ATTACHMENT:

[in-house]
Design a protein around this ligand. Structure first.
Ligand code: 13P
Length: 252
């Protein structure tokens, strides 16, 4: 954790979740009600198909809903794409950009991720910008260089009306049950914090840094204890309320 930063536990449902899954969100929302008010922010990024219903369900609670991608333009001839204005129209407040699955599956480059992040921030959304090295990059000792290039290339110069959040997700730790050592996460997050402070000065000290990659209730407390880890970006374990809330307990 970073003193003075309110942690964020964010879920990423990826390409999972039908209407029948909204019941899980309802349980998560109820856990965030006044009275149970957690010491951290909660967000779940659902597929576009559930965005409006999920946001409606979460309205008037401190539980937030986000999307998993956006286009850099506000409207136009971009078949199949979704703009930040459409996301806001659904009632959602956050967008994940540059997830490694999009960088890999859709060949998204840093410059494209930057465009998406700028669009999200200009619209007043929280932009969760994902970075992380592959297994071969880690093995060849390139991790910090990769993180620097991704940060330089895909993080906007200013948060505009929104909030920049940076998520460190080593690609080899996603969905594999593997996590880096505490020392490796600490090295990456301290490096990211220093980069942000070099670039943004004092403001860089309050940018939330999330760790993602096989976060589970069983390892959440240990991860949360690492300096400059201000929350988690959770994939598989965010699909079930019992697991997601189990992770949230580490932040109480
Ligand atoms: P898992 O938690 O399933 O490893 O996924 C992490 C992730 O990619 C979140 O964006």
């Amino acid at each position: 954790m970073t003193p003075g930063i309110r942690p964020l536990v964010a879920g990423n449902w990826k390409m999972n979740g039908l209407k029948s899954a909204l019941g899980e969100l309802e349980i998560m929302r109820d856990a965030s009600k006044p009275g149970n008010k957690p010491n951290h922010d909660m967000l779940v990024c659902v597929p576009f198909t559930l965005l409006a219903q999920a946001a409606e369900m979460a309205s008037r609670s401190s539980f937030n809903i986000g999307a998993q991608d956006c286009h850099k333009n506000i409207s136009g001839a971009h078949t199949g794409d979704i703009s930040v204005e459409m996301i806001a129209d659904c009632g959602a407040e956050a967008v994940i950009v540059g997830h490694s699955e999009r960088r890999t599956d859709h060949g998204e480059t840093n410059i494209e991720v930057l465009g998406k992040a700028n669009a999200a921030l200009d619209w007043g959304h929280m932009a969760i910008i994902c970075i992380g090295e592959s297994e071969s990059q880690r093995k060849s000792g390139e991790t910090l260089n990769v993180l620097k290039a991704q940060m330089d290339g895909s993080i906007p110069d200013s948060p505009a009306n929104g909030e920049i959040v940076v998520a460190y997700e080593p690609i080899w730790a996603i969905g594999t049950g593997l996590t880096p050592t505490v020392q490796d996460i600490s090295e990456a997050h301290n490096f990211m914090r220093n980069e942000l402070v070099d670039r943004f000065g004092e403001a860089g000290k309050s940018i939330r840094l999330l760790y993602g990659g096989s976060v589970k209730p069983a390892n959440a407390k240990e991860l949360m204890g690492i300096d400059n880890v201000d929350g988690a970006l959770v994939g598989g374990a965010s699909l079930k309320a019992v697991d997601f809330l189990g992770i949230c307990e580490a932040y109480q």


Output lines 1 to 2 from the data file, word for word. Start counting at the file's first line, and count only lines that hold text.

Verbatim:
[in-house]
Design a protein around this ligand. Structure first.